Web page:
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For any form of publication, please include the link to this page and give the cartographer/designer credit (in this case Riccardo Pravettoni, UNEP/GRID-Arendal)
Arctic Monitoring and Assessment Programme (AMAP). 2004.
AMAP Assessment 2002: Persistent Organic Pollutants in the Arctic. AMAP, Oslo.
IUCN/SSC Polar Bear Specialist Group. 2009. Press Release: 15th meeting of the PBSG in Copenhagen, Denmark 2009. http://pbsg. npolar.no/en/meetings/press-releases/15-Copenhagen.html [Accessed 10 February 2010].
Uploaded on Tuesday 21 Feb 2012
Polar bear sub-populations and pollution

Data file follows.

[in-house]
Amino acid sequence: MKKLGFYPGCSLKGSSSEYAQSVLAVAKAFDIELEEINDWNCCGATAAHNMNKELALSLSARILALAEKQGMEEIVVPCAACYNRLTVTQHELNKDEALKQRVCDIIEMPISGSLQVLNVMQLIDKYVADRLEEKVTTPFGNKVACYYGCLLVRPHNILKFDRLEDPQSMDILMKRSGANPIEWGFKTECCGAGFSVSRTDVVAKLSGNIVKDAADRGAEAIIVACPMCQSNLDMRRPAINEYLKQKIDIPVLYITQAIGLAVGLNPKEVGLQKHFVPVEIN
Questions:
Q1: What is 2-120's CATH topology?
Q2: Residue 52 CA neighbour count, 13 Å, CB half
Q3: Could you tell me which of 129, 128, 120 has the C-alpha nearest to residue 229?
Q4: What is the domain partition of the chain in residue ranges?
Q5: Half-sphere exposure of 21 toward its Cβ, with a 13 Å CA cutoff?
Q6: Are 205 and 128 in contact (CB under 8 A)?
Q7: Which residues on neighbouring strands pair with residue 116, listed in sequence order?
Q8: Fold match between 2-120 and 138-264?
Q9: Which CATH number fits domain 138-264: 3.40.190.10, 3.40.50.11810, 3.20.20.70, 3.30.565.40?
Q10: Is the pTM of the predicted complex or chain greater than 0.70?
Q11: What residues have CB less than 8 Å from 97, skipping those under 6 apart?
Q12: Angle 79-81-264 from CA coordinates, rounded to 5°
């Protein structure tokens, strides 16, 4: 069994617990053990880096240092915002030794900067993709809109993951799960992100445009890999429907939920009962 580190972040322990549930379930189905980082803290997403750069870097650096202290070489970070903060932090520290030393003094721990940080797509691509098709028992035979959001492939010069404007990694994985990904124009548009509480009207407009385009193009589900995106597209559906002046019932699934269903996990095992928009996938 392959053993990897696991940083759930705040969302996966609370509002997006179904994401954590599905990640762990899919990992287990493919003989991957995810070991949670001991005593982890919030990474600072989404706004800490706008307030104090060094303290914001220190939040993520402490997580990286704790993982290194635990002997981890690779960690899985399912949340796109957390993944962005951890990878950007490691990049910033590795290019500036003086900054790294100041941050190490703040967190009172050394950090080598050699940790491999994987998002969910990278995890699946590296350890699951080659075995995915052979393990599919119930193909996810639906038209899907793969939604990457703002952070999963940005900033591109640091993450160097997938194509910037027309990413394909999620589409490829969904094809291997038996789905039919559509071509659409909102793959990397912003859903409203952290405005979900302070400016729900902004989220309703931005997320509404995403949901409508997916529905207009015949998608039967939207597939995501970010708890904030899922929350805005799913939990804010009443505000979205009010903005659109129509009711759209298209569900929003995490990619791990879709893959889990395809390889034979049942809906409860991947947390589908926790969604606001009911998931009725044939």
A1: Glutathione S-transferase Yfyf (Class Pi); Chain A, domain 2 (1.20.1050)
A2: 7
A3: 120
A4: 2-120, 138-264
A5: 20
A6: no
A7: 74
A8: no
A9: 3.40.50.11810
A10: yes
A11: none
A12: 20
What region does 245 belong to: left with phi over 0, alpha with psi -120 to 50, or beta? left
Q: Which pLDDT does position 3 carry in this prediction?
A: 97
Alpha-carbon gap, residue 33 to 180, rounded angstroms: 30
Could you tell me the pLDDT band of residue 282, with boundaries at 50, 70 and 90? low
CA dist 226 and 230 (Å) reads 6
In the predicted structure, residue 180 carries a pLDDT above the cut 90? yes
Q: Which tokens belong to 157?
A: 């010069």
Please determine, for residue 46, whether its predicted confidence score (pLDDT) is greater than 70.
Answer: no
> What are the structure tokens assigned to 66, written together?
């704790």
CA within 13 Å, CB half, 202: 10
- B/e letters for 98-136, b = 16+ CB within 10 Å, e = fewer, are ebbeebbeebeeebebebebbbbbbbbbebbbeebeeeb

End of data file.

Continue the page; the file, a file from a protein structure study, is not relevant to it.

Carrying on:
Riccardo Pravettoni, UNEP/GRID-Arendal
There are thought to be between 20,000 and 25,000 bears in the world, which occur in19 relatively discrete sub-populations, some of which are shared between nations. Topping the food chain in the Arctic, the polar bear is exposed to high levels of pollutants that are magnified with each step higher in the food web (a process known as biomagnification). Recent studies have suggested that the immune system may be weaker in polar bears with higher levels of toxic contaminants (e.g., Polychlorinated Biphenyls or PCBs). There is also evidence that the hormone system of polar bears is affected by pollution, something that may interfere with reproduction and growth. Climate change could also indirectly affect Arctic animals topping the food chain, such as the polar bear, through the secondary release of toxic contaminants have long been trapped in snow, ice and permafrost that is now melting.